The Fall of the House of Underwood is an excellent story from one of the blogs I try to read frequently about one specific example of the mixed sentiments (Union or Confederate) that existed among people in Kentucky (even slaveholders) and some f the reactions to those feelings.
Many Kentucky slaveholders remained loyal to the Union when the war started, feeling that keeping the Union together would be the best way to protect slavery, while rebellion would most likely lead to the end of the institution. As I've mentioned before, Creating a Confederate Kentucky by Anne Marshall does an excellent job of explaining this.
Unfortunately, this incident in early 1862 destroyed the Underwood estate before the Emancipation Proclamation and the use of African-American soldiers became issues for those slaveholders who remained loyal. Some of these started questioning or changing their loyalties because of these issues, thinking the Federal Government had betrayed them. How would the Underwoods, with their apparent strong support of the Union, have reacted to these issues?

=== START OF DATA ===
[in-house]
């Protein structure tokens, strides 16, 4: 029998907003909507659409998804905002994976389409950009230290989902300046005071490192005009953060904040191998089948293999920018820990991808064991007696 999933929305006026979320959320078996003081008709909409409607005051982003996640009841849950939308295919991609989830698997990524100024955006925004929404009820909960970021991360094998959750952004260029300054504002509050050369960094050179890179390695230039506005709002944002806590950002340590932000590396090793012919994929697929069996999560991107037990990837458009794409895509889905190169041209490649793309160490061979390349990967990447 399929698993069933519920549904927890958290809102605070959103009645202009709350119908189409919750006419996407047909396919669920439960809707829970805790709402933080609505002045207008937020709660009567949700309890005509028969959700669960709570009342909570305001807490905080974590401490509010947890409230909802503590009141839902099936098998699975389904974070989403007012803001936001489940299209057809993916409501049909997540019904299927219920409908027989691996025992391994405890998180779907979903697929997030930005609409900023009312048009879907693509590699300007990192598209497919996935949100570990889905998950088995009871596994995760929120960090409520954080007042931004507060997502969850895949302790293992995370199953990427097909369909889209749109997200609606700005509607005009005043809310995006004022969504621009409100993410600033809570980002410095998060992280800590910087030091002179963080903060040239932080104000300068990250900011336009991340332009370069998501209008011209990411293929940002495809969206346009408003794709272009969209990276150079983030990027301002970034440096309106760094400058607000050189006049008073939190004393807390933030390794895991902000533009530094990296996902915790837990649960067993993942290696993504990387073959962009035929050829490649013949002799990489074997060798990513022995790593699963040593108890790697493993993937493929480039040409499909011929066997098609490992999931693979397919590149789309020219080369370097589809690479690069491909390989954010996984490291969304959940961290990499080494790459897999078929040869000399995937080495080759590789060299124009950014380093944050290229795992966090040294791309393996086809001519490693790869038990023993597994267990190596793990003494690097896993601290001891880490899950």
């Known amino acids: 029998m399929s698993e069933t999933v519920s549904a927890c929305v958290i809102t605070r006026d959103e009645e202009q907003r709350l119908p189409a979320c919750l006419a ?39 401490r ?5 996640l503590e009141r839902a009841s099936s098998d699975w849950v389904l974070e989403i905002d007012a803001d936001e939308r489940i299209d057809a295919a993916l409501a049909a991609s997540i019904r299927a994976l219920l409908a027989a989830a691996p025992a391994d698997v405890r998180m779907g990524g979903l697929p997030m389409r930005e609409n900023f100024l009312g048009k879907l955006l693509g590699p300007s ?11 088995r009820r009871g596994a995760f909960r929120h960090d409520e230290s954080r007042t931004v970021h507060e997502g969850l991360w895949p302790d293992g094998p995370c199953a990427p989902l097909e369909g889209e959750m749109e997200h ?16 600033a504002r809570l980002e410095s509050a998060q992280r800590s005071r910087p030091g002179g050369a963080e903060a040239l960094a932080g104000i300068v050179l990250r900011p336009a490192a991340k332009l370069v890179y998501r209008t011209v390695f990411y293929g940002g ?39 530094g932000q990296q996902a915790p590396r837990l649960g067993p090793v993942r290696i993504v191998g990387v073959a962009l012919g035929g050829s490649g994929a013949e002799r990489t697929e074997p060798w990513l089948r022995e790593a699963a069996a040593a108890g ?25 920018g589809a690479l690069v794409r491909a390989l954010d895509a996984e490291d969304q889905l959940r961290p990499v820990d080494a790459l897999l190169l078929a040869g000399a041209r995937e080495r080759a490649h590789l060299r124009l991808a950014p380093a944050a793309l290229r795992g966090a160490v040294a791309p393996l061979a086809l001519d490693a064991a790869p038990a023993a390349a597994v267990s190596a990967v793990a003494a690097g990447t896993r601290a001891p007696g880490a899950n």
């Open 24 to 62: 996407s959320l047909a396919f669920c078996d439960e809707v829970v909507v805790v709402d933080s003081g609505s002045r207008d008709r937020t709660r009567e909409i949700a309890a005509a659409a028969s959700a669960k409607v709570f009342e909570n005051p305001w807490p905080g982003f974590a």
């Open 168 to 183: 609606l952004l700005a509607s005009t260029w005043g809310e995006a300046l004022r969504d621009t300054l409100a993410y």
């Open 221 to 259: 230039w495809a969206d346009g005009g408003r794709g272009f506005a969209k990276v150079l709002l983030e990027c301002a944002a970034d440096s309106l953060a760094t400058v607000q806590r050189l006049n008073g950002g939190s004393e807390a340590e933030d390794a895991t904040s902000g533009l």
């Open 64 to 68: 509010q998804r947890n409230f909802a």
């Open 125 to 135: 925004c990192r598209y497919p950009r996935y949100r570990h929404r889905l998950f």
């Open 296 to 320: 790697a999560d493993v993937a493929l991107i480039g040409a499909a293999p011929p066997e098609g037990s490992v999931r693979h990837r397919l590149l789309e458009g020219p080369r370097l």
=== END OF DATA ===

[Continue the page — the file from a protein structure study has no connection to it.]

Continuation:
I also find it notable that both Confederate and Union soldiers caused much destruction in the area. It was not just one side that behaved more badly than the other, though apparently the actions by men on the Union side did more harm than good to the Union cause.
Here is a map of Kentucky showing the location of Bowling Green.
I'm not really sure how to approach this idea that popped into my head today, but it seems like a good idea or question to mention here ...
On this anniversary of perhaps the most famous and most often memorized speech in American history, I was thinking about the Gettysburg Addr...
Having completed the two essays in Why the Civil War Came that deal with what they called the failure of the American political system, I h...